Chinese hackers are using updated PlugX Malware to target Russian military personnel. According to Secureworks, Bronze President is behind the attacks and is known in the cybersecurity community as Mustang Panda, TA416, HoneyMyte, RedDelta, and PKPLUG.
Secureworks explained in a report, “The war in Ukraine has prompted many countries to deploy their cyber capabilities to gain insight about global events, political machinations, and motivations. This desire for situational awareness often extends to collecting intelligence from allies and ‘friends.'”
The Bronze President hacking group has been around since July 2018. Has a reputation for conducting espionage operations by leveraging custom and publicly available tools to compromise, maintain long-term access, and collect data from targets of interest.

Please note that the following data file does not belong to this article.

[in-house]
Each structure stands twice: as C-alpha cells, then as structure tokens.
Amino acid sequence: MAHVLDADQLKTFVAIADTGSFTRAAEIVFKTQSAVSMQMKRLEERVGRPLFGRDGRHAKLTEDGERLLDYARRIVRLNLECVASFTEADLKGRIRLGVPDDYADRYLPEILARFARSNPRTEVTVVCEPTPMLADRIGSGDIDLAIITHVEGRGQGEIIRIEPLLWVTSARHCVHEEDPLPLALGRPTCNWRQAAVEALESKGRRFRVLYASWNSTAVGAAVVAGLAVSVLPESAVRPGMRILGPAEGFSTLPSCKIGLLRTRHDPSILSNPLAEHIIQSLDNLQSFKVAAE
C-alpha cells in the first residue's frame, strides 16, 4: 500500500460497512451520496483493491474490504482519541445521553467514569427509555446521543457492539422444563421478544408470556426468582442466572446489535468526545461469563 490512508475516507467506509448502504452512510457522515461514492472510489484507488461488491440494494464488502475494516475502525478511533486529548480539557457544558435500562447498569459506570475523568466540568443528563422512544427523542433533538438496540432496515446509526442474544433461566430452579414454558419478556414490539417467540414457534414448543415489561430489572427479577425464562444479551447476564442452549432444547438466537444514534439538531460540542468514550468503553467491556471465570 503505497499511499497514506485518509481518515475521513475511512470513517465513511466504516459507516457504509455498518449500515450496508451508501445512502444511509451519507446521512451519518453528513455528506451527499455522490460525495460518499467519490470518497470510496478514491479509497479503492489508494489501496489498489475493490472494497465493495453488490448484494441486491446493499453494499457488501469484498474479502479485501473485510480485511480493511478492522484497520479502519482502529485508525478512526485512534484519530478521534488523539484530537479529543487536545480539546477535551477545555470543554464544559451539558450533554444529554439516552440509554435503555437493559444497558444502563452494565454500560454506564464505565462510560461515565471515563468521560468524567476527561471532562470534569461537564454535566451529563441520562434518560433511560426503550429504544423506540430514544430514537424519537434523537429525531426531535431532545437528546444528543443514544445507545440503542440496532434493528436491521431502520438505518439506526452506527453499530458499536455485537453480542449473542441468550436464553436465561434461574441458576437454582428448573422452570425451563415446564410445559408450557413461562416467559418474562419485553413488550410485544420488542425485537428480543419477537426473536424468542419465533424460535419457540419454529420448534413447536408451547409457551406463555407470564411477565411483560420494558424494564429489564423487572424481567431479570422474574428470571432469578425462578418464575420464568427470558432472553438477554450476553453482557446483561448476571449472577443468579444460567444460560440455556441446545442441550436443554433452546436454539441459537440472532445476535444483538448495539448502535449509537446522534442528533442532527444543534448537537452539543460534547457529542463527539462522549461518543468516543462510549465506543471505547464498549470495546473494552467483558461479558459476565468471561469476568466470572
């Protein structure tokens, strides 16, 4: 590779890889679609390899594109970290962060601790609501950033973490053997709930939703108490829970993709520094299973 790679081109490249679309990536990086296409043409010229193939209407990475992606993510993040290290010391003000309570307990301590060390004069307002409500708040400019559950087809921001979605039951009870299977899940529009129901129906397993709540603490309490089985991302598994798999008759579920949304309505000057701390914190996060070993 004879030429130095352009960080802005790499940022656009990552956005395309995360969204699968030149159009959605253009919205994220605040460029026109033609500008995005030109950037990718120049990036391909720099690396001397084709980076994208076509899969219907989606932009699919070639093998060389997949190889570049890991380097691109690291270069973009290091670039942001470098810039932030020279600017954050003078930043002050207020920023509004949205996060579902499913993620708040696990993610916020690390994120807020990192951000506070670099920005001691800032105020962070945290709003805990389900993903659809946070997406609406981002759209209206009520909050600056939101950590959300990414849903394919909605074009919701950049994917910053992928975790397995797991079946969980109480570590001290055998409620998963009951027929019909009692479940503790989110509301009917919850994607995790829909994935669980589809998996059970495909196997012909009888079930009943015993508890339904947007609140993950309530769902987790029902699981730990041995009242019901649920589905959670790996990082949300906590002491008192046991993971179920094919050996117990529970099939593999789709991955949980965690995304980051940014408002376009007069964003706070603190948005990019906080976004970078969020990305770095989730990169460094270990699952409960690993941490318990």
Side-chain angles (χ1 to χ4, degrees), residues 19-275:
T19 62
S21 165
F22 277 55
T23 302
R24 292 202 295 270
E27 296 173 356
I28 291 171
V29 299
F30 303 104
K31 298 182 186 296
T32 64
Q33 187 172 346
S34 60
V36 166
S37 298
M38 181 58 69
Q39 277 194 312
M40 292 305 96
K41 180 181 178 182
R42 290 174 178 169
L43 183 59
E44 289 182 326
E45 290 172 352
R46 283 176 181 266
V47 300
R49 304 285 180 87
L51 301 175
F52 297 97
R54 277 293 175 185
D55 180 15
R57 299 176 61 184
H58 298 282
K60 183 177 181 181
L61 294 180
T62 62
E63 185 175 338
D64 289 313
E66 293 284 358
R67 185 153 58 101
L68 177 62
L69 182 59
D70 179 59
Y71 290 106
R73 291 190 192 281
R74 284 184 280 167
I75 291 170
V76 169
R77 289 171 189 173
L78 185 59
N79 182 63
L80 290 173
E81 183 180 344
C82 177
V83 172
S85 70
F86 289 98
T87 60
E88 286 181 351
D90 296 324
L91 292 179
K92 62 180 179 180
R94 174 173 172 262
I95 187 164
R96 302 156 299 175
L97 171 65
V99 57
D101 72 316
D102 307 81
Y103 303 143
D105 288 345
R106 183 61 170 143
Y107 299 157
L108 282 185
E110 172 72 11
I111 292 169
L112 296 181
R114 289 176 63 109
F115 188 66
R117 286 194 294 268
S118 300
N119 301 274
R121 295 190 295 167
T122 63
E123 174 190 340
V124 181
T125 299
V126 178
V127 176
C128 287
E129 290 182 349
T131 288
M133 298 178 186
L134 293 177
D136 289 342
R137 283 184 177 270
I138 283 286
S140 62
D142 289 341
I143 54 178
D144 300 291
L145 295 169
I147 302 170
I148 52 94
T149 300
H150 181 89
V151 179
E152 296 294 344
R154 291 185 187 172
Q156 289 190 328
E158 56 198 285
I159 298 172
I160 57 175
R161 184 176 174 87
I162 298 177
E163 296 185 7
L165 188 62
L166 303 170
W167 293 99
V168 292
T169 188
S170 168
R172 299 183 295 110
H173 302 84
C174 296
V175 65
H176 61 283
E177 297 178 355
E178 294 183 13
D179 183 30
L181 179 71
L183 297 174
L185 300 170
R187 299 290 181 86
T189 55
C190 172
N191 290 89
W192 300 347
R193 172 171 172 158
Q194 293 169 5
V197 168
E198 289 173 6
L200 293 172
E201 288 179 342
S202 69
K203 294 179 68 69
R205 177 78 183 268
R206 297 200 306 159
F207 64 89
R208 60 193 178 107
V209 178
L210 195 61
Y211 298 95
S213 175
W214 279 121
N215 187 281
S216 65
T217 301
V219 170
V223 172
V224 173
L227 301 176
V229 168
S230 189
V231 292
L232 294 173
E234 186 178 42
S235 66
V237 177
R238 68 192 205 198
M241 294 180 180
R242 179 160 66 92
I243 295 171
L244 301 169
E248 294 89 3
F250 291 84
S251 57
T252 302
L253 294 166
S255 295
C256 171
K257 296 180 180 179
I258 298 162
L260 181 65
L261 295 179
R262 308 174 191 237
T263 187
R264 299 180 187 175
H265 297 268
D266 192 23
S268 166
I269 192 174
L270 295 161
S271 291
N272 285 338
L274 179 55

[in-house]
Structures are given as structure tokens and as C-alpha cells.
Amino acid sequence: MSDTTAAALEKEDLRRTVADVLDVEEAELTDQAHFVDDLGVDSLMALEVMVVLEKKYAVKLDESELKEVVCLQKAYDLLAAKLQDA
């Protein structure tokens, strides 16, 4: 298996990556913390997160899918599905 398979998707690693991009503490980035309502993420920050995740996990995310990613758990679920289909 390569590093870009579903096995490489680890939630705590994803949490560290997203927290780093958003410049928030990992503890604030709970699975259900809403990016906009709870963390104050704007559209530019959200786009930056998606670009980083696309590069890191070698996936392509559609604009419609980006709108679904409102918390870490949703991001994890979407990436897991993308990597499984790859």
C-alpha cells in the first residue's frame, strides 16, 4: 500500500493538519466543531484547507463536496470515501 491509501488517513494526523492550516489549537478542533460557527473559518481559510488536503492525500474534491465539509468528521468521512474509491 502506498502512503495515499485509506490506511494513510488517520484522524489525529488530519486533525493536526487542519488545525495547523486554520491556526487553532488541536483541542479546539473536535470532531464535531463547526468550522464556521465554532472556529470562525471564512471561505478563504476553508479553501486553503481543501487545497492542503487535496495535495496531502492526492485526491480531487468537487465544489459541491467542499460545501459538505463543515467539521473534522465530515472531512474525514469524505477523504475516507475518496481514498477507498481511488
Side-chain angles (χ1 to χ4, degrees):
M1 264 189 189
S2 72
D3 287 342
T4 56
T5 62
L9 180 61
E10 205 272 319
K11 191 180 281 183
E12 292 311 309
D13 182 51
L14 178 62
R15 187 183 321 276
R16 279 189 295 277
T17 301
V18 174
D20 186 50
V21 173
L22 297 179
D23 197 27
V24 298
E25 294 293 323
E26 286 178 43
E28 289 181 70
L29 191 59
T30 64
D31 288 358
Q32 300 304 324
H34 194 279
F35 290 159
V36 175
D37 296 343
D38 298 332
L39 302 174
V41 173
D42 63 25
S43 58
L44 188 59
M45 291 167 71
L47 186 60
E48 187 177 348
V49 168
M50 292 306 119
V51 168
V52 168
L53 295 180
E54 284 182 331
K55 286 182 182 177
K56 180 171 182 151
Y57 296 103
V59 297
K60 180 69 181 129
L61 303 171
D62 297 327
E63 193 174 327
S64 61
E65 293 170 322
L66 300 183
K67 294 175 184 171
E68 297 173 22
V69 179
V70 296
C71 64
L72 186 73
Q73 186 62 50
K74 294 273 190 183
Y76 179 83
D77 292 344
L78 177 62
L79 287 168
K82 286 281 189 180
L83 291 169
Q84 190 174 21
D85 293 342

PlugX malware is a Windows backdoor used by threat actors to execute a variety of commands on infected systems. Chinese state-sponsored actors over the years have been using it.
A malicious executable dubbed “Blagoveshchensk – Blagoveshchensk Border Detachment.exe ” is triggered, it masquerades as a seemingly legitimate document with a PDF icon. Opening it leads to the deployment of an encrypted PlugX payload from a remote server.
The researchers added, “Blagoveshchensk is a Russian city close to the China border and is home to the 56th Blagoveshchenskiy Red Banner Border Guard Detachment. This connection suggests that the filename was chosen to target officials or military personnel familiar with the region.”
The researchers clarified, “Targeting Russian-speaking users and European entities suggest that the threat actors have received updated tasking that reflects the changing intelligence collection requirements of the [People’s Republic of China].”
Trellix noted last month, “PlugX has been associated with various Chinese actors in recent years. This fact raises the question if the malware’s codebase is shared among different Chinese state-backed groups. On the other hand, the alleged leak of the PlugX v1 builder, as reported by Airbus in 2015, indicates that not all occurrences of PlugX are necessarily tied to Chinese actors.”